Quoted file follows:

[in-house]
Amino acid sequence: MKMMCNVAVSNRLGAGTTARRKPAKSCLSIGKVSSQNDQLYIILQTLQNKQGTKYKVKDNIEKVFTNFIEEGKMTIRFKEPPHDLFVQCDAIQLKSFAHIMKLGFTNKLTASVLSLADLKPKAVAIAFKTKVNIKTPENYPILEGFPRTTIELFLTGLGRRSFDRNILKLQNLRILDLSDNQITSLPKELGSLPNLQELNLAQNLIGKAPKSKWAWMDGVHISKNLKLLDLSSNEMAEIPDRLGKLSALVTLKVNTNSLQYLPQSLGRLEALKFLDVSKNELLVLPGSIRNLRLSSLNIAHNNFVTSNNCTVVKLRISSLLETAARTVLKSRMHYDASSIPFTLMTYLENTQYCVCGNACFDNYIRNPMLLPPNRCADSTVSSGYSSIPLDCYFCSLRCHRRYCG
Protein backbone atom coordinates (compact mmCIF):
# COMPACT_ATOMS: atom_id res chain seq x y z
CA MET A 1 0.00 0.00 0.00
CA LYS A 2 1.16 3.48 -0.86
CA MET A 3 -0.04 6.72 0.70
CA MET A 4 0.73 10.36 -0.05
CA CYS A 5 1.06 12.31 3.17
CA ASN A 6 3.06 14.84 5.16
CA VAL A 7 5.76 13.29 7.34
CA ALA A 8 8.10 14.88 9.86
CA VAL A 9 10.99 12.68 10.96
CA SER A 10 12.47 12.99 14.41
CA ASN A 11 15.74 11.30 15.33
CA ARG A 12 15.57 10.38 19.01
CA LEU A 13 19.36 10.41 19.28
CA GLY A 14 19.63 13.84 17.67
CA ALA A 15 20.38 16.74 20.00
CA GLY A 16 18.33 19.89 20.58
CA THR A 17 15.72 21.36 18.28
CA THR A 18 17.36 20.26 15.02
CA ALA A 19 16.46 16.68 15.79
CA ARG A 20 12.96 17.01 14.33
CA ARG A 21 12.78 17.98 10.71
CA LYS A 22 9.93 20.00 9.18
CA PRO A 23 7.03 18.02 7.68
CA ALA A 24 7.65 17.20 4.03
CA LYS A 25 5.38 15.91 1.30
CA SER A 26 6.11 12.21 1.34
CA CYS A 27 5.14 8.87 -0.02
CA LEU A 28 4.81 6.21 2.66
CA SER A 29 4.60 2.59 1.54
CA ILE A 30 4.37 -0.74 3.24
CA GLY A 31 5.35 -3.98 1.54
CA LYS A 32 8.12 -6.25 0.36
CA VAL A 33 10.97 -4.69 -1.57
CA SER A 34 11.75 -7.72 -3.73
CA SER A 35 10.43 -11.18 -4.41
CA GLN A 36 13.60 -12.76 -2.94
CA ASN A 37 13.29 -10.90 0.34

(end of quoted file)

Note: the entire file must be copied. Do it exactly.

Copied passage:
[in-house]
Amino acid sequence: MKMMCNVAVSNRLGAGTTARRKPAKSCLSIGKVSSQNDQLYIILQTLQNKQGTKYKVKDNIEKVFTNFIEEGKMTIRFKEPPHDLFVQCDAIQLKSFAHIMKLGFTNKLTASVLSLADLKPKAVAIAFKTKVNIKTPENYPILEGFPRTTIELFLTGLGRRSFDRNILKLQNLRILDLSDNQITSLPKELGSLPNLQELNLAQNLIGKAPKSKWAWMDGVHISKNLKLLDLSSNEMAEIPDRLGKLSALVTLKVNTNSLQYLPQSLGRLEALKFLDVSKNELLVLPGSIRNLRLSSLNIAHNNFVTSNNCTVVKLRISSLLETAARTVLKSRMHYDASSIPFTLMTYLENTQYCVCGNACFDNYIRNPMLLPPNRCADSTVSSGYSSIPLDCYFCSLRCHRRYCG
Protein backbone atom coordinates (compact mmCIF):
# COMPACT_ATOMS: atom_id res chain seq x y z
CA MET A 1 0.00 0.00 0.00
CA LYS A 2 1.16 3.48 -0.86
CA MET A 3 -0.04 6.72 0.70
CA MET A 4 0.73 10.36 -0.05
CA CYS A 5 1.06 12.31 3.17
CA ASN A 6 3.06 14.84 5.16
CA VAL A 7 5.76 13.29 7.34
CA ALA A 8 8.10 14.88 9.86
CA VAL A 9 10.99 12.68 10.96
CA SER A 10 12.47 12.99 14.41
CA ASN A 11 15.74 11.30 15.33
CA ARG A 12 15.57 10.38 19.01
CA LEU A 13 19.36 10.41 19.28
CA GLY A 14 19.63 13.84 17.67
CA ALA A 15 20.38 16.74 20.00
CA GLY A 16 18.33 19.89 20.58
CA THR A 17 15.72 21.36 18.28
CA THR A 18 17.36 20.26 15.02
CA ALA A 19 16.46 16.68 15.79
CA ARG A 20 12.96 17.01 14.33
CA ARG A 21 12.78 17.98 10.71
CA LYS A 22 9.93 20.00 9.18
CA PRO A 23 7.03 18.02 7.68
CA ALA A 24 7.65 17.20 4.03
CA LYS A 25 5.38 15.91 1.30
CA SER A 26 6.11 12.21 1.34
CA CYS A 27 5.14 8.87 -0.02
CA LEU A 28 4.81 6.21 2.66
CA SER A 29 4.60 2.59 1.54
CA ILE A 30 4.37 -0.74 3.24
CA GLY A 31 5.35 -3.98 1.54
CA LYS A 32 8.12 -6.25 0.36
CA VAL A 33 10.97 -4.69 -1.57
CA SER A 34 11.75 -7.72 -3.73
CA SER A 35 10.43 -11.18 -4.41
CA GLN A 36 13.60 -12.76 -2.94
CA ASN A 37 13.29 -10.90 0.34